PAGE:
Diet… Day 51. Wash-Out… Day 12.

Last night I drempt that I had been out socialising with friends and I started to crash. I couldn’t get back home, so I was trying to get my husband to find me a hotel room… I had to lie down… I was going to collapse… please help me, it’s dark and wet and where is everyone?… I just need a bed for a few hours… I don’t want to die… And then rats attacked me. They were fat and wet and squeaking and hanging off of me everywhere… I woke up panting while I was being eaten by the rats. I was scared shitless and didn’t know where I was and my sheets were wet from sweat.

I have, however, been feeling a little stronger the last few days. Not strong, but stronger. My headache has eased up enough to be manageable with epsom salt baths, the tens unit and icy hot spray on my neck. The pain and stiffness in my back doesn’t have me in tears and the exhaustion seems to be controlled. Just a normal ME/CFS exhaustion, not a crippling, slurring, crawling-up-the-stairs exhaustion. I have a new symptom driving me batty: constant pins and needles in my right foot for the last 3 days. It moved into my calf last night, but doesn’t seem to be there today. I have had this before in my hands and I have the Raynaud’s issues in my feet, but I can’t remember this maddening constant tingling before.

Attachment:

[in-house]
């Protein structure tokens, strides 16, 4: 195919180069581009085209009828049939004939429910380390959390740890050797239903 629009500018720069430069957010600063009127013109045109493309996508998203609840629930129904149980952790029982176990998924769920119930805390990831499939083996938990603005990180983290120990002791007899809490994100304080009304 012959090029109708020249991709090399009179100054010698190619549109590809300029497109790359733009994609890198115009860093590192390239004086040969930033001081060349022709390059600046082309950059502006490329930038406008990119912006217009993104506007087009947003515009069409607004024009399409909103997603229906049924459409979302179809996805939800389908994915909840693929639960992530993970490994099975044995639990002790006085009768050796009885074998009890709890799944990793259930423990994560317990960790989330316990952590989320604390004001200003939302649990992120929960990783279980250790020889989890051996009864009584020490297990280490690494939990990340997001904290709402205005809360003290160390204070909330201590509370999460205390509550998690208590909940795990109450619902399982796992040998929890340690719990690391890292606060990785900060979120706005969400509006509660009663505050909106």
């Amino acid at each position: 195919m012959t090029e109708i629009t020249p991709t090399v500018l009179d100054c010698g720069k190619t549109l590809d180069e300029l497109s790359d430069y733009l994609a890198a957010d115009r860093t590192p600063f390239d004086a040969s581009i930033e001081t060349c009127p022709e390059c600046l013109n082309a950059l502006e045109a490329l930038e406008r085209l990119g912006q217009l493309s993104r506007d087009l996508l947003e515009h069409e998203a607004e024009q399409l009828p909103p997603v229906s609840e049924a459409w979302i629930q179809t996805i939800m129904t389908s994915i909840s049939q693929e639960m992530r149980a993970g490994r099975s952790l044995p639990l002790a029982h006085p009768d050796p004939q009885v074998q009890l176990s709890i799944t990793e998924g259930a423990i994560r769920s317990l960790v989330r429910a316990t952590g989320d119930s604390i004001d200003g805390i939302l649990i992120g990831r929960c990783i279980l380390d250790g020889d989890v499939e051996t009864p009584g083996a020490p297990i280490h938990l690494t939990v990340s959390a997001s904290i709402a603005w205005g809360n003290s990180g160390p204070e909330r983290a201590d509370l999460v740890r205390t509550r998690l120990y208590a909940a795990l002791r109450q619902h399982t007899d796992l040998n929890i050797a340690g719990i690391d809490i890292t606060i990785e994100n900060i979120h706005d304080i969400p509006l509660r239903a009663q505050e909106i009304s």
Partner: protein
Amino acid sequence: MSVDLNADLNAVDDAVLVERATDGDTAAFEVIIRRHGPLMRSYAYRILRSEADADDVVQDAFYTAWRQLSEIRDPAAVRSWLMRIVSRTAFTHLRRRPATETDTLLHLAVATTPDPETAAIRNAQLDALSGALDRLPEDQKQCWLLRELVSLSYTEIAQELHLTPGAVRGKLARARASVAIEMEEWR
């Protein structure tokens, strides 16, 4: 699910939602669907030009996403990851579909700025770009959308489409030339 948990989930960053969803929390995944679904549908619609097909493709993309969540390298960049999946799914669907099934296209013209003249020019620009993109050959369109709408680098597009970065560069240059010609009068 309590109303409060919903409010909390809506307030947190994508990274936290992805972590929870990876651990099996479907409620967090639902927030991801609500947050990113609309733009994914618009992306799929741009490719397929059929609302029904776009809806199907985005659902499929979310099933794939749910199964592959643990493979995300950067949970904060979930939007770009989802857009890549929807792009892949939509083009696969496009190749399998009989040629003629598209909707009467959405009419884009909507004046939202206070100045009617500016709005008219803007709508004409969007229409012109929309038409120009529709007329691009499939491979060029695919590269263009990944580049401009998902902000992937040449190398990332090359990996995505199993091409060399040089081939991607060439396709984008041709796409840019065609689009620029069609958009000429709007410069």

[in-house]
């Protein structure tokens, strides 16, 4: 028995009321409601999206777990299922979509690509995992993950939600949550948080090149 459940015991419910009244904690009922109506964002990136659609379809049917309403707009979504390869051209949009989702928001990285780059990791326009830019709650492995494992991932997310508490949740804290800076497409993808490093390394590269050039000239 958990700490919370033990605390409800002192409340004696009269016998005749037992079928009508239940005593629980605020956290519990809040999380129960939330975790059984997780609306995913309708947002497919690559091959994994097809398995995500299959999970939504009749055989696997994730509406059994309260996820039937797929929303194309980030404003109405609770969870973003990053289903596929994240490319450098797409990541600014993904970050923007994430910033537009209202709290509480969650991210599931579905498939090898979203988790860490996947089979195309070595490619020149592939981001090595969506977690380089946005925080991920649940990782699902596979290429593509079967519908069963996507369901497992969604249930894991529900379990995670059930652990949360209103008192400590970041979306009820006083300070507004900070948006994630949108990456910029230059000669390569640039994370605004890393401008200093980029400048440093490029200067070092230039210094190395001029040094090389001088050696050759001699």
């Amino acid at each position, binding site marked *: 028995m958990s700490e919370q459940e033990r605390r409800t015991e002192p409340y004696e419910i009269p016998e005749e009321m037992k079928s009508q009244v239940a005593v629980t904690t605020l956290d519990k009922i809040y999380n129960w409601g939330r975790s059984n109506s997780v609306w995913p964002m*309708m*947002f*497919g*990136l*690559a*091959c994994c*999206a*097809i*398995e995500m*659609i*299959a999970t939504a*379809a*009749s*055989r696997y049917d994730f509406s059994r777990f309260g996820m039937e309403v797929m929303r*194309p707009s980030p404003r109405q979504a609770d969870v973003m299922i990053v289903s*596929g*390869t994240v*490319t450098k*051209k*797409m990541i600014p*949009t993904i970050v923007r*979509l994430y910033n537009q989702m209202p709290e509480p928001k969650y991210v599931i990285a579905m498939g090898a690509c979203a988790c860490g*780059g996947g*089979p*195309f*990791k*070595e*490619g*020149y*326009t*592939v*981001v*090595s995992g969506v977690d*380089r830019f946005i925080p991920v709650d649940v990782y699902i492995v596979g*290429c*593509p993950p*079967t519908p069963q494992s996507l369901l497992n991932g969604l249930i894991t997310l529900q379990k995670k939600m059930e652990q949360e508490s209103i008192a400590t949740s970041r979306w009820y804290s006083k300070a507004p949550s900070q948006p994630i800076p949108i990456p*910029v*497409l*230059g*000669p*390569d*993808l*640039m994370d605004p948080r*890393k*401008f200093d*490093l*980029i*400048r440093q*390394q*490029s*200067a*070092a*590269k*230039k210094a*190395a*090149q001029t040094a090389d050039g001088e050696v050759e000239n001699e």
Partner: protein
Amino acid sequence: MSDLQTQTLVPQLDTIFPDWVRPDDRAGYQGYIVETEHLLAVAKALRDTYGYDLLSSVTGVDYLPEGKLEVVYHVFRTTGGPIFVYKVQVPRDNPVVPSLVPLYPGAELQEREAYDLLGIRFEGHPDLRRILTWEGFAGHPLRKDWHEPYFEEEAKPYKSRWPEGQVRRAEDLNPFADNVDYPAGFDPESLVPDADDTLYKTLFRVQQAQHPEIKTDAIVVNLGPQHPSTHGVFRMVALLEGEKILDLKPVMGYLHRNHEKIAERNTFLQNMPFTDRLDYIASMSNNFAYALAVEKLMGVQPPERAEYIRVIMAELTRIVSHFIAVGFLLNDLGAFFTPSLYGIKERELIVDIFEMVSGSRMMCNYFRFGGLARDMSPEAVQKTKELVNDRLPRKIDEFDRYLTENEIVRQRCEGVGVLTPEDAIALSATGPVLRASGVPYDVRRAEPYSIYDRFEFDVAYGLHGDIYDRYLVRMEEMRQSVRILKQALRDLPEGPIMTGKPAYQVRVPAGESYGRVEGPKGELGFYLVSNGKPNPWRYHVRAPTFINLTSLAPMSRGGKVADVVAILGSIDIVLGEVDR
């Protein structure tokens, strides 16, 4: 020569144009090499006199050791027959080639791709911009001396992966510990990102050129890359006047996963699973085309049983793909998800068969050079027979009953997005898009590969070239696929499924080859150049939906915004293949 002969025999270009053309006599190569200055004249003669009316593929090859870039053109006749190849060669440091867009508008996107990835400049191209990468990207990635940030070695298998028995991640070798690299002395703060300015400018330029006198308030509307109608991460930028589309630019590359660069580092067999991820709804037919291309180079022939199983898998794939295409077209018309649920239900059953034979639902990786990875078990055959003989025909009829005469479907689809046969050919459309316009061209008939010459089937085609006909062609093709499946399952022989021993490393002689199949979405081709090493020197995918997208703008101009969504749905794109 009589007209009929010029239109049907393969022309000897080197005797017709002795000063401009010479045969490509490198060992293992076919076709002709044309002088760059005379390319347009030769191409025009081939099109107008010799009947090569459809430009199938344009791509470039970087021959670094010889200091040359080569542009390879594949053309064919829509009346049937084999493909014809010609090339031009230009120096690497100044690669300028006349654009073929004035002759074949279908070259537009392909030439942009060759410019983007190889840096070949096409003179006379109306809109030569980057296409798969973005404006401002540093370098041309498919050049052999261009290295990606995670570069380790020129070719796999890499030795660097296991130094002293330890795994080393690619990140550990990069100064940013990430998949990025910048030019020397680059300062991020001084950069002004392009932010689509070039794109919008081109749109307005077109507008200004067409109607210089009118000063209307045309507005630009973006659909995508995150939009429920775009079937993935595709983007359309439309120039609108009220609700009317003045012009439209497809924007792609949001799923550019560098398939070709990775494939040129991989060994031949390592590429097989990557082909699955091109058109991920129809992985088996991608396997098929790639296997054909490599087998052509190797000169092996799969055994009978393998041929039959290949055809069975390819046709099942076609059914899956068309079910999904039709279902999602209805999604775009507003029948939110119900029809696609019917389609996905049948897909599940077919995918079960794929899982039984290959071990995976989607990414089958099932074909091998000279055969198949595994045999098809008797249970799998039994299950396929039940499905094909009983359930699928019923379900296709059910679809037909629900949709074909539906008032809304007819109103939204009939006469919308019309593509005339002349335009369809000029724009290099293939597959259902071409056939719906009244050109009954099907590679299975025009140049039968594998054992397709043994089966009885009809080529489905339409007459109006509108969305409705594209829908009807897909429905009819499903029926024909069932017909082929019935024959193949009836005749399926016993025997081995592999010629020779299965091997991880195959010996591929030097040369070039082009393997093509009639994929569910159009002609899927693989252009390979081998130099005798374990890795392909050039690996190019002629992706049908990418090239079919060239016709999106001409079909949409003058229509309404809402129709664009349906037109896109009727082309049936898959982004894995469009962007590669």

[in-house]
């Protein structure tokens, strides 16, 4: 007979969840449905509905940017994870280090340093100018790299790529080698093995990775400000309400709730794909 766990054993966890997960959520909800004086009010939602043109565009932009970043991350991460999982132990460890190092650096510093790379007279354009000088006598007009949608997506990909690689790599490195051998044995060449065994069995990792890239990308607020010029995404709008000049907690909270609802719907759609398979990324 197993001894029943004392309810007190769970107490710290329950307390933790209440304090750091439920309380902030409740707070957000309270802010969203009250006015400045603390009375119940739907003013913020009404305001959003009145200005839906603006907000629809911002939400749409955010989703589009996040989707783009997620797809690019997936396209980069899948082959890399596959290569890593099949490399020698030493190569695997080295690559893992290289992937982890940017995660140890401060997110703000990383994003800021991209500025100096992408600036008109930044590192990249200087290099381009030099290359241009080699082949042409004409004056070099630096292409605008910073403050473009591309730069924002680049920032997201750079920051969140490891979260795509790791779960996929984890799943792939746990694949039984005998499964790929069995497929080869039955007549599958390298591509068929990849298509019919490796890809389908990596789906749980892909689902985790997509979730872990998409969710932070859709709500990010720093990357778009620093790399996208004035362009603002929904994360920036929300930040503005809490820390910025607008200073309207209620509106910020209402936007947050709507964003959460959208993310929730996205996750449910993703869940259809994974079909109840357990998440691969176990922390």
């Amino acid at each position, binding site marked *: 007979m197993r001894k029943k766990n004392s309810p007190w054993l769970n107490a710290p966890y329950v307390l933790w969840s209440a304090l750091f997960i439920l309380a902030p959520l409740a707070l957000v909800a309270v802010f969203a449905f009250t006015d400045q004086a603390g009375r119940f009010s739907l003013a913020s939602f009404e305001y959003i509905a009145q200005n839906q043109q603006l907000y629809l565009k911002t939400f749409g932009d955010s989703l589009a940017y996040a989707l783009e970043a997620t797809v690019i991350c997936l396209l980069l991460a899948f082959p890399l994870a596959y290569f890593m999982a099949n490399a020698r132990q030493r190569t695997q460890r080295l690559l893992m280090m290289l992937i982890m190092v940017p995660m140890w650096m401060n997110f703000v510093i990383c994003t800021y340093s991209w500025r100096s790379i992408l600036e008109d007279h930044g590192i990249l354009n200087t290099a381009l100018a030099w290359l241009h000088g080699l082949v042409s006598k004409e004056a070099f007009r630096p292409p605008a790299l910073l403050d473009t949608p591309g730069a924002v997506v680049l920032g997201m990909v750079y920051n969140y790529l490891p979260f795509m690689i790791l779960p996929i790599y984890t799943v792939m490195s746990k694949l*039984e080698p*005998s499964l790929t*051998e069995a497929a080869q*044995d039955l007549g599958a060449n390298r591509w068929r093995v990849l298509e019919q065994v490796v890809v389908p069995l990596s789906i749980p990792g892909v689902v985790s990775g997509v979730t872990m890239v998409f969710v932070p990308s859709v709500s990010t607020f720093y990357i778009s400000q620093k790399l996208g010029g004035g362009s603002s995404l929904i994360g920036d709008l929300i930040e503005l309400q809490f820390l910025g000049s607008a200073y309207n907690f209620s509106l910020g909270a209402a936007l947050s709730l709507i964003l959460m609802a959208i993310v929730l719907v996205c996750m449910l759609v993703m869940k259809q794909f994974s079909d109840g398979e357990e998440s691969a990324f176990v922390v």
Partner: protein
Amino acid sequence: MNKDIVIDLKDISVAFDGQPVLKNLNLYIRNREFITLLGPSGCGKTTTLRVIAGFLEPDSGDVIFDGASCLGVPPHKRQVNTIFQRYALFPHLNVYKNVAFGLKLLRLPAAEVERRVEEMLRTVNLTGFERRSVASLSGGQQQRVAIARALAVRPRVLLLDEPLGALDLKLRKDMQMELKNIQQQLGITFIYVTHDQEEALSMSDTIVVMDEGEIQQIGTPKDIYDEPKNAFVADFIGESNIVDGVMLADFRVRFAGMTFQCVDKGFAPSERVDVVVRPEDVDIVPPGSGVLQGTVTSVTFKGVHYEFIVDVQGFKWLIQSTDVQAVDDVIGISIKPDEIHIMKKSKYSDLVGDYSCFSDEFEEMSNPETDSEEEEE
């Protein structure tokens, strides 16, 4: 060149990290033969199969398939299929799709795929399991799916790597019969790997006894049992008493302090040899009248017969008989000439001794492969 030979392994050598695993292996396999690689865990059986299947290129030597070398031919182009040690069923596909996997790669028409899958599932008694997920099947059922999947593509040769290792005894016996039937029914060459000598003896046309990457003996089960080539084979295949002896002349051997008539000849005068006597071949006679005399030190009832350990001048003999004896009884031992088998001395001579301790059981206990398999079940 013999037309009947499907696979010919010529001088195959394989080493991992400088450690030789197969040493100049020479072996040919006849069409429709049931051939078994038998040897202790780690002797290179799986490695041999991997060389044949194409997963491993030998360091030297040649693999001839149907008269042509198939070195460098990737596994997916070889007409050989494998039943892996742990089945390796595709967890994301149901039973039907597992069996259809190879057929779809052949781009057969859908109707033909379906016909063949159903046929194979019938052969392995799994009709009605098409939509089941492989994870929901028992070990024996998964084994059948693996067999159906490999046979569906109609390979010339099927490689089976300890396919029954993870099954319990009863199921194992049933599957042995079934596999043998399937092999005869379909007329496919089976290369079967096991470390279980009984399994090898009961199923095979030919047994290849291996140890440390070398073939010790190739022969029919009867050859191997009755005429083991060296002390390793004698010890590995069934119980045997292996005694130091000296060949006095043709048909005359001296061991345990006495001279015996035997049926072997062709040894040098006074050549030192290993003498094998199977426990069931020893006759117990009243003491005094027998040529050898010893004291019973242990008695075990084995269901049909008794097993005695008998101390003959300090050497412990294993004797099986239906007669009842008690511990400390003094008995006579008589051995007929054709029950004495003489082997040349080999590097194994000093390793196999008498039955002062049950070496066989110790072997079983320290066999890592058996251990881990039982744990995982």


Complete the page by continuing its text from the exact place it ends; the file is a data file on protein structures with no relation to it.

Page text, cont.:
My days have become very predictable. I am up at around 8:30am, after about 7 to 7.5 hours sleep. I have GREEN tea now and, for breakfast, homemade granola with almond milk and a smoothie (today was pear, pineapple, strawberry smoothie with flax seed, coconut milk and walnuts) while I do some “work” on the computer (pay bills and curse Comcast and Verizon, see how our budget is going, answer emails, apply for disability but get overwhelmed and stop, try to make an Amazon Fresh shopping list because I can’t go grocery shopping and decide it’s too much energy and too expensive, research ME treatments and start to bang my head off the wall, research MRI stories and wish I had the option of Valium, write in my blog etc.). Then I warm up my muscles with a bath or the hot tub, do some stretches and then a meditation, which I always try to turn into a nap. Then lunch (usually a salad or soup or tuna and I’m currently addicted to Terra Chips) and maybe some house chores if I’m able. Maybe some reading or some more computer time. Another meditation (rest before and after activity, always. Resting is considered only lying down with eyes closed, awake, meditating or sleeping, says Dr. Bested). Walk around the house, if I’m able and then the evening with my husband, having dinner (whatever is leftover or whatever he makes because I’m virtually never able to stand for long in the evening without hitting that pain and exhaustion wall), watching a movie ~ whatever I can manage. Another meditation if I’m not going to bed early. Most of the time I’m in bed at 7 or 8pm, reading/researching. Some of the time I can stay upright until 9 or 10pm. I usually don’t turn off the lights until after 11pm.